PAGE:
Videogames Voters

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Videogames Voters

Unread postby Besyanteo » Fri Oct 19, 2007 9:25 am

An activist group promoting video games, educating people about them, and putting down both regulation and the political fad of blaming everything on videogames.

At least give it a look?

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Unread postby PriamNevhausten » Fri Oct 19, 2007 1:26 pm

Hahaha. They think something will happen if they just yell loudly enough.

Two things have voice in politics. Fear, and money. If the population of supporters of video games outnumbers those in such fierce opposition of computerized entertainment to such a degree that any politician not pandering to the gaming crowd risks his political career then they will vote in favor of freedom of gaming as the market demands. This is not going to happen.

On the other hand, if people in support of digital interactive entertainment organize themselves and form a lobbying group with sufficient financial clout, politicians will listen as they open their mouths to receive money from mama bird.

Jaded? Maybe. But that's the way shit is done in America, like it or not. Lobbying groups are huge, and to sit at their table you have to play their game.
"You haven't told me what I'm looking for."
"Anything that might be of interest to Slitscan. Which is to say, anything that might be of interest to Slitscan's audience. Which is best visualized as a vicious, lazy, profoundly ignorant, perpetually hungry organism craving the warm god-flesh of the anointed. Personally I like to imagine something the size of a baby hippo, the color of a week-old boiled potato, that lives by itself, in the dark, in a double-wide on the outskirts of Topeka. It's covered with eyes and it sweats constantly. The sweat runs into those eyes and makes them sting. It has no mouth, Laney, no genitals, and can only express its mute extremes of murderous rage and infantile desire by changing the channels on a universal remote. Or by voting in presidential elections."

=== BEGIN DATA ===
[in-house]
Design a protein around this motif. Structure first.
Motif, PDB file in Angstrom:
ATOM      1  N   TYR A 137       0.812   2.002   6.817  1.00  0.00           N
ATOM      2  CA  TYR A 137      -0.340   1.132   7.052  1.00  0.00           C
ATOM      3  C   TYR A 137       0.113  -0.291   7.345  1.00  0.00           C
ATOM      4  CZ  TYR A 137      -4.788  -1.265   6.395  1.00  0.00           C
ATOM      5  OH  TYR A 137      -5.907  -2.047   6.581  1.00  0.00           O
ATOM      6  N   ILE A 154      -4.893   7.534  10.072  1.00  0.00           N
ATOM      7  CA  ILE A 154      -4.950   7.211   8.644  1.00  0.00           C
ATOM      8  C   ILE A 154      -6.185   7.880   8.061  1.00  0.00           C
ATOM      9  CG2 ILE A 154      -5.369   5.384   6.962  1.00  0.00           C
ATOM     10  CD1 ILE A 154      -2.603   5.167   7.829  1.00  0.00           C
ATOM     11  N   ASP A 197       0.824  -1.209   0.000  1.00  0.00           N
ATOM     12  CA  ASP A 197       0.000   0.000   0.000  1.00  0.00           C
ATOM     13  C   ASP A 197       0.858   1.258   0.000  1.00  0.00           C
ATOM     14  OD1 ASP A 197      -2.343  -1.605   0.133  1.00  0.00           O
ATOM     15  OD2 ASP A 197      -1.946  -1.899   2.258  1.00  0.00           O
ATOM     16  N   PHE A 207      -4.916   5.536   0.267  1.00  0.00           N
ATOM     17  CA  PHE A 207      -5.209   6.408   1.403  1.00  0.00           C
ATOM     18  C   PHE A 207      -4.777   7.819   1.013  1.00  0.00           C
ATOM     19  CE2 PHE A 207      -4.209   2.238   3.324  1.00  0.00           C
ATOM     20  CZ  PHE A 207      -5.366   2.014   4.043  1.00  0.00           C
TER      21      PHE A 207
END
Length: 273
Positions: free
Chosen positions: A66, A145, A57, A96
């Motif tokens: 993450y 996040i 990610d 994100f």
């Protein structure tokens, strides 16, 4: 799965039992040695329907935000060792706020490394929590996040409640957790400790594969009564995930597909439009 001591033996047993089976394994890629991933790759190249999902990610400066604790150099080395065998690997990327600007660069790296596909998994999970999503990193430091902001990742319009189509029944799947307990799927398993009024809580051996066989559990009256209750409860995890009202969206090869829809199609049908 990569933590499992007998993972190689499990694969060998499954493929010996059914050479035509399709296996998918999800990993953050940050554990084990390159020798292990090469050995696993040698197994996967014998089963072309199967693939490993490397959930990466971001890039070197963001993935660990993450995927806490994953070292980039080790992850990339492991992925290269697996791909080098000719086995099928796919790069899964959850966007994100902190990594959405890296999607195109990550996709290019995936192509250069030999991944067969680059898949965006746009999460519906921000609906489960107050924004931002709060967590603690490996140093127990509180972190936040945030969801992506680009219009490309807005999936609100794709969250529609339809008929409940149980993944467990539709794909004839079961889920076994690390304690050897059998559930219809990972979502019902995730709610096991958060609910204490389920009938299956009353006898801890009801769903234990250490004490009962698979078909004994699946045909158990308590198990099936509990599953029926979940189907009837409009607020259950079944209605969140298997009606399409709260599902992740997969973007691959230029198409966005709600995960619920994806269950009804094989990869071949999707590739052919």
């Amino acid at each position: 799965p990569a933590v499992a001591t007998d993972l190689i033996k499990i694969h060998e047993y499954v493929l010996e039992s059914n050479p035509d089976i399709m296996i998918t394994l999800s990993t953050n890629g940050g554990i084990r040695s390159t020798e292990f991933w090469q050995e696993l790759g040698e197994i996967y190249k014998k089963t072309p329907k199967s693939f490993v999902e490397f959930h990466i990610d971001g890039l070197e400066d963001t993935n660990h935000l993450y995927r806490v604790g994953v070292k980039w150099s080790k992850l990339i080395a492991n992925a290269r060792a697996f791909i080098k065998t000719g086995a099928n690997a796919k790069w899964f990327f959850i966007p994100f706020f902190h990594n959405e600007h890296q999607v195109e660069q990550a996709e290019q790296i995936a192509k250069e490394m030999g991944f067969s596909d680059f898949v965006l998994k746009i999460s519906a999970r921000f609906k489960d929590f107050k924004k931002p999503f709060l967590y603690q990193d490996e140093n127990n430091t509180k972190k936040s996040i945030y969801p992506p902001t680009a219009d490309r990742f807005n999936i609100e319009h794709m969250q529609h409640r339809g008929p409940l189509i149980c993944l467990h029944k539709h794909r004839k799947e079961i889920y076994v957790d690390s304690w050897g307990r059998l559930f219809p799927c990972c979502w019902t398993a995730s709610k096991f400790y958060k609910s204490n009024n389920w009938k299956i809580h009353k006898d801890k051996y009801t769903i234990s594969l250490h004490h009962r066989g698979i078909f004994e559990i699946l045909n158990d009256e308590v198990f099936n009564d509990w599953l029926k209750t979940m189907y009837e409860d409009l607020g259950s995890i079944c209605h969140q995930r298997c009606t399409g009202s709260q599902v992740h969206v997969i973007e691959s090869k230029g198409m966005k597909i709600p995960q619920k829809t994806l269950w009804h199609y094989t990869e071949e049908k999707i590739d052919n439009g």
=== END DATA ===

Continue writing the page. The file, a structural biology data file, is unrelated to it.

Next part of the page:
--Colin Laney and Kathy Torrance, William Gibson's Idoru

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Unread postby Besyanteo » Fri Oct 19, 2007 2:00 pm

And now that we have the obligatory Priam post of "Haw haw, pro-videogame protesting groups" out of the way, does anyone else want to post anything?

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Unread postby Kai » Fri Oct 19, 2007 2:24 pm

This is an interesting idea, and not a terrible one. However, I would be surprised if devoted gamers ever managed to conjure up enough political influence to accomplish much.

I mean, Priam mentioned lobbyists. Lobbyists are out lobbying. I realize there are plenty of passionate gamers who do things besides sit at their computer in their parents' basement dissolving their brains in 36 continuous hours of WoW, but these are the people that politicians will think of when they're approached "on behalf of the gaming community." It's not the most compelling first impression.

I think that video game companies will have more luck garnering support than gamers themselves will, for the same reason that tobacco companies are more influential than their addicted market. More money, less social stigma, more money, more time spent on nothing but furthering one agenda, and more money.

Which is basically what Priam said.

The most productive thing that gamers can do is, as usual, be politically active in the usual way where you vote for senators and representatives who don't have strong motivation to censor your games. After that? Talk to the companies. Support the companies themselves by buying the most appalling and violent games imaginable so that they'll have incentive to protect the milder content from censorship. This is my master plan. Take it or leave it.

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Unread postby pd Rydia » Fri Oct 19, 2007 4:46 pm

I find these groups best at networking information. How do you keep track of all the national and international news relevant to your voting concerns? Not alone, that's for sure. Even a relatively narrow focus of interest, like legislation on video games, is a hella lot to keep track of--that's where getting a group of people together who care about the issue helps. Cuz people like to talk, and sometimes it's useful.

I don't really see where the site claims to be as powerful as Big Lobbyist Group Here, but I do see that they're asking people who are interested to join in and do something.

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